Version tested DS
It's easy to forget in these days of plastic Les Pauls, colour-coded drum kits, flashing dance mats and wireless microphones, but the very first music game had little to do with pretending to be a rock star. Instead, you tapped buttons in time with some Sesame Street hip-hop, in order to make an awesome, beanie-wearing dog rap his paper-thin heart out. And, if you performed well enough, you'd get the girl who, in this case, happened to be a sunflower. It was imaginative, leftfield, cute, weird and beautiful: everything that videogames should aspire to be. And yet, PaRappa the Rapper's wildly creative approach to interactive music has almost no legacy in contemporary videogames.
Rhythm Paradise is a game that appropriates the spirit of PaRappa, if not his format or musical style. Here you'll find yourself shaking the guiro-shaped tail of a female lizard in time with the roll of a rumba in order to attract a mate. You'll assume the role of a Russian military stork, triumphantly flicking your beak into the air on the command of your feathery captain. You'll croon a stream of a capella notes in a young male voice trio, echo the lines of a J-Pop star as a besotted fanboy monkey, and stomp the ground as a hook-backed farmer harvesting turnips.
What you won't be doing is pretending you're Kurt Cobain, Slash or Lars Ulrich. At least, you can pretend you're Kurt Cobain, Slash or Lars Ulrich, but only in the unlikely scenario that they've secured a job in a factory assembling kickass robots in time to the clunk of machinery, or as fighter pilots shooting down spaceships with hot lasers to a chiptune drumbeat.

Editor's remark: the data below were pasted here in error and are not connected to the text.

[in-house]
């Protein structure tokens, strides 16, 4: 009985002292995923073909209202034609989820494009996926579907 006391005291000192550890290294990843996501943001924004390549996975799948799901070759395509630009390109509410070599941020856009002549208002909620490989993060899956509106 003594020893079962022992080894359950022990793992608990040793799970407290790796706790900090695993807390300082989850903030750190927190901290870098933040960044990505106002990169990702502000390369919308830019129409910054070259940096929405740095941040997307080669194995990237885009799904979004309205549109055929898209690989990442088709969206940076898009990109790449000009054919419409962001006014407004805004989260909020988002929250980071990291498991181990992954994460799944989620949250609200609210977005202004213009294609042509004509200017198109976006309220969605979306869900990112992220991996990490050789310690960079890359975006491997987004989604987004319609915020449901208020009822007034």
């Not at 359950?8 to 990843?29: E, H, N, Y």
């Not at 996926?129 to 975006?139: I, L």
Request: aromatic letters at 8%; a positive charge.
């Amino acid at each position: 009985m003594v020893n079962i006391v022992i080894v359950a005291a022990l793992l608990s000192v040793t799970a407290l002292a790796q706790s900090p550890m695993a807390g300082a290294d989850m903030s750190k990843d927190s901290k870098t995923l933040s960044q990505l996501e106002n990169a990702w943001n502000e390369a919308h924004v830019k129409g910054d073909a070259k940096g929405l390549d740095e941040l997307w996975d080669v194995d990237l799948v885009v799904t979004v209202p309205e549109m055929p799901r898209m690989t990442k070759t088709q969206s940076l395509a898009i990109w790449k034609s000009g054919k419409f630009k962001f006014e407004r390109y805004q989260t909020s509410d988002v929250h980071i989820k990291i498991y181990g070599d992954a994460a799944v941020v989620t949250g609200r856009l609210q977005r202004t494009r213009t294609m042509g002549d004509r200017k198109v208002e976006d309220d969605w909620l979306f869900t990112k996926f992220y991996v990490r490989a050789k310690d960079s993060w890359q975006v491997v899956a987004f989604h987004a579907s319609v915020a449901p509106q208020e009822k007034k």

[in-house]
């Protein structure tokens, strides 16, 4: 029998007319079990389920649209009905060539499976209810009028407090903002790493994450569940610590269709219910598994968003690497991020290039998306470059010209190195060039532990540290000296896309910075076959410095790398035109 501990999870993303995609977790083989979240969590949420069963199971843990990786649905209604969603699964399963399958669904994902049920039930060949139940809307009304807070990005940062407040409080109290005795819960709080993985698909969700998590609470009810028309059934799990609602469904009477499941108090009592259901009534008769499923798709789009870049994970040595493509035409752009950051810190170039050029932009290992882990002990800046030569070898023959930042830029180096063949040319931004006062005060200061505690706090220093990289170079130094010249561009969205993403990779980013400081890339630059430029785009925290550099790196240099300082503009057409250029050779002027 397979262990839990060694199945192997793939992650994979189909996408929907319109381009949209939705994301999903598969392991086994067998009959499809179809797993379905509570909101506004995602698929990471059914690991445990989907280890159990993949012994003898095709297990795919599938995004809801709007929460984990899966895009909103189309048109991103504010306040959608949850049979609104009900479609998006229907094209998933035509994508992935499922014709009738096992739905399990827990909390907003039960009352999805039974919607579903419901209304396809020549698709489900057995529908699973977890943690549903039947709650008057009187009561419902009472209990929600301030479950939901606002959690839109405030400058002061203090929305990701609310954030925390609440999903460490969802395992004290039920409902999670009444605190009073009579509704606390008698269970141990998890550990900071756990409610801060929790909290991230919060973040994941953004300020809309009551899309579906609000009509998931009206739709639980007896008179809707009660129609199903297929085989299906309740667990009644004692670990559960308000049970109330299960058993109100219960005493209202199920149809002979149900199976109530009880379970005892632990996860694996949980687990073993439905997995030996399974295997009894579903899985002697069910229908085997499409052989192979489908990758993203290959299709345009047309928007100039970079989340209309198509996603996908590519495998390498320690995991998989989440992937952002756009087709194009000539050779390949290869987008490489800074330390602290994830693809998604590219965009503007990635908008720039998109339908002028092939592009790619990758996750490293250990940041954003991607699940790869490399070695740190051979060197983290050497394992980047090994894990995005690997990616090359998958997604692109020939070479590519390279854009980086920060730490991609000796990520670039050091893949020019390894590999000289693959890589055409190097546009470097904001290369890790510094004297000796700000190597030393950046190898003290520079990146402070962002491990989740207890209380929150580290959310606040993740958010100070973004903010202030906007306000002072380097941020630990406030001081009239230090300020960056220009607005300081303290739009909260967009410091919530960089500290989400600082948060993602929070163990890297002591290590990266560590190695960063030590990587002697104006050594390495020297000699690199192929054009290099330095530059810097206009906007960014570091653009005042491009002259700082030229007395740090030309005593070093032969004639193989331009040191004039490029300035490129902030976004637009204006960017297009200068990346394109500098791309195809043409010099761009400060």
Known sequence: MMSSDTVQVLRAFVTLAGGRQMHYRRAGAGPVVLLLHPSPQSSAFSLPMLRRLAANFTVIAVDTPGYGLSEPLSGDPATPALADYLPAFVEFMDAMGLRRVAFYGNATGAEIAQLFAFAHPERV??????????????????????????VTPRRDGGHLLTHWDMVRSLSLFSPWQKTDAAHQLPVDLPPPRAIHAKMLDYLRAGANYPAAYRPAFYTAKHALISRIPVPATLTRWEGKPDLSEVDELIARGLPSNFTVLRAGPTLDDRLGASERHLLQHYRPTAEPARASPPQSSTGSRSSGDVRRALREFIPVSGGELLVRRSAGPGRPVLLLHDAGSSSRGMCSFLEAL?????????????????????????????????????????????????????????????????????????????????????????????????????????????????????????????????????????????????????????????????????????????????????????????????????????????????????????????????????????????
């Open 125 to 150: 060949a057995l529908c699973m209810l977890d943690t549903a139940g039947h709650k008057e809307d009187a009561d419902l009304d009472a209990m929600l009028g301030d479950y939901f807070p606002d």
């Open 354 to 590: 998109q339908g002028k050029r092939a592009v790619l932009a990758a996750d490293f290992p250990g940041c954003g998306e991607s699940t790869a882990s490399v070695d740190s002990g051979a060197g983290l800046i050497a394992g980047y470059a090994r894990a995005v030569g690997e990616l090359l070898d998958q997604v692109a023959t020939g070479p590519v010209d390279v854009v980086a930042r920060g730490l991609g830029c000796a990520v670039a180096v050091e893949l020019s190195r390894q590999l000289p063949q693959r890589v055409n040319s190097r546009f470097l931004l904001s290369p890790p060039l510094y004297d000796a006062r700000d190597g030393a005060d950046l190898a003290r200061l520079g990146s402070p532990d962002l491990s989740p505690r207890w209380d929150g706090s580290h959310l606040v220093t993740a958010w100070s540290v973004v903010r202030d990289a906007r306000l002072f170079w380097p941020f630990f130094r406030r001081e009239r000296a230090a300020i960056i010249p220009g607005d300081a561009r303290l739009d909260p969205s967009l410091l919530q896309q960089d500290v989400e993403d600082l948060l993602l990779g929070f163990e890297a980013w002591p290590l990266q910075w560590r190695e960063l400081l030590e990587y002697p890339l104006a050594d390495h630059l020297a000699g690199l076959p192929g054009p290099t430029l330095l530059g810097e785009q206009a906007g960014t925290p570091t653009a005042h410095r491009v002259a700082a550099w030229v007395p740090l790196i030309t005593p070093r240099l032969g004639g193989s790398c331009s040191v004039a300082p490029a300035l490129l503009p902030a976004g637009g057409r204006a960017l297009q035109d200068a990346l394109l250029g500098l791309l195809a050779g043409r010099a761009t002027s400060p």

It'd be lazy to describe Rhythm Paradise as a musical WarioWare, but it'd also be exactly true. The 40 mini-games (50, if you include the remixes) are longer than those the developer created for WarioWare, but each one takes a similar approach, squeezing gameplay challenges from the unlikeliest of everyday situations. The physical interactions in each mini-game are constant: you either tap or hold the stylus down on the screen or, alternatively, slide or flick it in an upwards motion. This limited palette of interactions is spun out into a hundred different creative applications, the actions always mimicking the on-screen visuals.
For example, in the farmer's mini-game, you tap the stylus in time with the beat to stomp the ground and cause vegetables to fly up from the soil. Then, on the immediate offbeat, you must flick the stylus upwards to knock each turnip into the basket on his back. The placement of the turnips in the ground acts as a sort of abstracted set of notes on a musical stave, the challenge then shifting from the on beat to the off beat and back again to build up the level.
Of course, in WarioWare the visuals were the primary signifier to the player; very often you'd have to time inputs based on what was happening on-screen. But in Rhythm Paradise, the visual cues are secondary to the audio cues. Success and failure in the game is very much based on timing, but it's a timing measured in beats, bars and phrases, rather than through reacting to on-screen prompts. For that reason, the visuals, however delightful they may be, can be a barrier to success.